Despite numerous petitions to move the Quarantine and the passing of an Act in 1849 by the New York Board of Health to relocate it to Sandy Hook, New Jersey, when 1856 arrived, nothing had been done. By this time, Yellow Fever had descended upon the local community again.
Another petition requested the relocation to Sequine's Point on the other side of Staten Island. The residents of Westfield, near that new location, took matters into their own hands and burned the almost completed structures to the ground. 1857 when the rebuilding was halfway done, they drove the point home by burning it to the ground a second time.
The newly formed Castleton Board of Health wanted the six-foot wall to be made higher, and the Harbor Police Force was created to keep a watchful eye on stevedores who meandered out from the Quarantine grounds carrying the "miasma' on them. When the New York Commissioners of Health sought an injunction to restrain the locals from protesting, the first threats to burn the Quarantine to the ground were made - a promise that was kept and aided by none other than the Foreman of the Neptune Fire Engine Company Number 6, Thomas Burns, owner of Nautilus Hall.
Burns and other volunteer firefighters settled old grudges on the night of September 1, 1858. Using coded language, "Save Dr. Thompson's house," meant "Burn it," and using the excuses that their hoses had been cut and claiming the assault on the Harbor Police Force with rocks prevented them from helping, nothing could be done to save the structures from burning to the ground. All it took was some strategically placed straw, camphene, and matches.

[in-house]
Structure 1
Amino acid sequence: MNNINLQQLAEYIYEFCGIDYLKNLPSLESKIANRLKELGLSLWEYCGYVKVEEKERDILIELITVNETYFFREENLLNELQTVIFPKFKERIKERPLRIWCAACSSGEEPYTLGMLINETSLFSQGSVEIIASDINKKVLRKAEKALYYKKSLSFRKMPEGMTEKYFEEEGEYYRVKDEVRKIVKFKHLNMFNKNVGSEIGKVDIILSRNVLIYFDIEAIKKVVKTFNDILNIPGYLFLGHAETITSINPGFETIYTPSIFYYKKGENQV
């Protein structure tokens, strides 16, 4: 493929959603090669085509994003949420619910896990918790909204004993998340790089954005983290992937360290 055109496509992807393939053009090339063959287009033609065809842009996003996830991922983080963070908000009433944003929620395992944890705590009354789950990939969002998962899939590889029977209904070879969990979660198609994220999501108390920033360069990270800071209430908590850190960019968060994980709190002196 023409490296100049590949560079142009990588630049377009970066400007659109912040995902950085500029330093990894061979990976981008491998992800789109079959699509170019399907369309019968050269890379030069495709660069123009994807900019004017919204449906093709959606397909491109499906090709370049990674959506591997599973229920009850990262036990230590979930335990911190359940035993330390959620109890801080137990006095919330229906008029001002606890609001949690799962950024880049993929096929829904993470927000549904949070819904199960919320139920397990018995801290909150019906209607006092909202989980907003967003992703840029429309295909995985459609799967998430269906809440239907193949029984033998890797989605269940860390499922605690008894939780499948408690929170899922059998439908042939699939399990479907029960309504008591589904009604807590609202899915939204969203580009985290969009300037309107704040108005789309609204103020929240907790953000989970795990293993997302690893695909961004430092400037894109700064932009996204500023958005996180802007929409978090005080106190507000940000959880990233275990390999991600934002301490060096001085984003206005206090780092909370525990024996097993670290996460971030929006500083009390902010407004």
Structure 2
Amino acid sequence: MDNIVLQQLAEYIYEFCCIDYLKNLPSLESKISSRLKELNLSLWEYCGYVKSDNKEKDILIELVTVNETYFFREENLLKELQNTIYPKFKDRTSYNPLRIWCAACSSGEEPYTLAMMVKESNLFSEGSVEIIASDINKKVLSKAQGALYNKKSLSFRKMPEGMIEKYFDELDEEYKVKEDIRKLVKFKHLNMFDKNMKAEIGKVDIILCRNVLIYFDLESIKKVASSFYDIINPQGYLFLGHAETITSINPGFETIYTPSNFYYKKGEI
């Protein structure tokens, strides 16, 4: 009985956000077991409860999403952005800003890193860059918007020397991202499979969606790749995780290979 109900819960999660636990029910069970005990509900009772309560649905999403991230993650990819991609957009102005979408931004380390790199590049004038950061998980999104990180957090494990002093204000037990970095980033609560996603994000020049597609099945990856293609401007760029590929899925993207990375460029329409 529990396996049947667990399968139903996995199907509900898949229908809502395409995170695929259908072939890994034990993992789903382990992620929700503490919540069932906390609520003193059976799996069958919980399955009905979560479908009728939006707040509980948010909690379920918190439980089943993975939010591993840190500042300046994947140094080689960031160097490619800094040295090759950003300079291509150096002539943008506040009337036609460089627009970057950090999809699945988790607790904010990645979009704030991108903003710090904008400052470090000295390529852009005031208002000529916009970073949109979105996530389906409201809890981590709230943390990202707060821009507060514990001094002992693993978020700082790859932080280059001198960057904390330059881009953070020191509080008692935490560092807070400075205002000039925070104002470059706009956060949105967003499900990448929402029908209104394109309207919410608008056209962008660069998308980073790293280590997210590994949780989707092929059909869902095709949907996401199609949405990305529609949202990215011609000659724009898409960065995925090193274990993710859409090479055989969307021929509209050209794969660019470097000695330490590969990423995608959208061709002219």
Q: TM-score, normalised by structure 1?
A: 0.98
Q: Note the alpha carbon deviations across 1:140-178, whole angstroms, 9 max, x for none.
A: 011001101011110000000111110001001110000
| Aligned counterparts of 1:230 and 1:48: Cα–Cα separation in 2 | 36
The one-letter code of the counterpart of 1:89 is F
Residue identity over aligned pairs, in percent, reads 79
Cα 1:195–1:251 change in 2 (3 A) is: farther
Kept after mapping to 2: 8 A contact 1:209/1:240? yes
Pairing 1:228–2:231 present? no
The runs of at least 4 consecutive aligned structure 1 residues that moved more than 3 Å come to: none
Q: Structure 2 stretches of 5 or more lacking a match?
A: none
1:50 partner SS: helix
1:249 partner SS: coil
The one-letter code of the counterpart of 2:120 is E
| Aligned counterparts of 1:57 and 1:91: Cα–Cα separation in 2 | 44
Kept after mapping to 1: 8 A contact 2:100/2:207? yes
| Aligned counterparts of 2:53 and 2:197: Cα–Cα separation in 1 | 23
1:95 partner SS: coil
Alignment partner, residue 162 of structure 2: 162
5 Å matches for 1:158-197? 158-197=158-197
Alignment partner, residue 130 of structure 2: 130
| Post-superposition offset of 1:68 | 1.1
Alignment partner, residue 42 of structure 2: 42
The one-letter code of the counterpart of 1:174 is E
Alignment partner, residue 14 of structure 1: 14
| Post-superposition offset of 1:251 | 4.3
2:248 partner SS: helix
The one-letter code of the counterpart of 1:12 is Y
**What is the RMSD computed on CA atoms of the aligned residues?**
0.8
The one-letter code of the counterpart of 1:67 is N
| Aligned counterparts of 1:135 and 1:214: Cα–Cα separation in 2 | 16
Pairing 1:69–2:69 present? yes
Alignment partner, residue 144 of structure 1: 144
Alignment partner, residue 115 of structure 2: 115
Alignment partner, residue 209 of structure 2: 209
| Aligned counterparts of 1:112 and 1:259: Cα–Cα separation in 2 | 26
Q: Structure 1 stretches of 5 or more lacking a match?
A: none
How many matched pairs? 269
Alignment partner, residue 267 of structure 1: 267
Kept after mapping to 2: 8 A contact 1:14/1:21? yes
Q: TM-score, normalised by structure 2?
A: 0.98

Patients were dragged from their beds and laid on the grass beneath the stars to watch as the Staten Island Marine Hospital and Quarantine Station burned. What destruction wasn't fully achieved on the night of September 1, the locals returned to finish the job on September 2. The Police showed up on September 3. Nothing but embers remained of the Staten Island Marine Hospital and Quarantine Station.
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On March 30, 2020, the United States Naval Ship Comfort anchored in New York City Harbor. Despite social distancing rules, crowds gathered to watch. The red cross, prominent against an entirety of white, displayed the ship's purpose—a floating hospital.
Its arrival should have signaled hope, for Comfort aimed to relieve hospital stress caused by increased numbers of infected patients by treating patients who did not have covid onboard. Only 182 patients were treated on board a ship outfitted for 1,000.
Outfitted to treat 1,000 non-covid patients, criticism and an increase in infections drove it to change that policy. On April 26, 2020, Comfort ended its New York City Covid mission, treating only 182 patients.
Comfort, unfortunately, did not provide what its name promised. This was history repeating itself for many with a penchant for Irish history, specifically the Great Hunger. Connections were made with words like quarantine and dying alone.
I was reminded of this connection recently in reading Cian T. McMahon's The Coffin Ship Life and Death at Sea During the Great Irish Famine. In quoting directly from the Sailor's Magazine and Naval Journal (December 1851), "the vessel is both their hearse and coffin," McMahon highlights why Comfort failed to live up to its name and mission — No one wants to die alone, away from family, and on a ship. Lessons from reading the history of the Irish Great Hunger have taught us that.
The third Sunday in May is designated to commemorate Ireland's Great Hunger.
International Famine Day 2024 will be on May 19, 2024.
Annual commemorations are held in Staten Island on the mass Irish Famine victims' grave located at 26 Central Ave, St. George.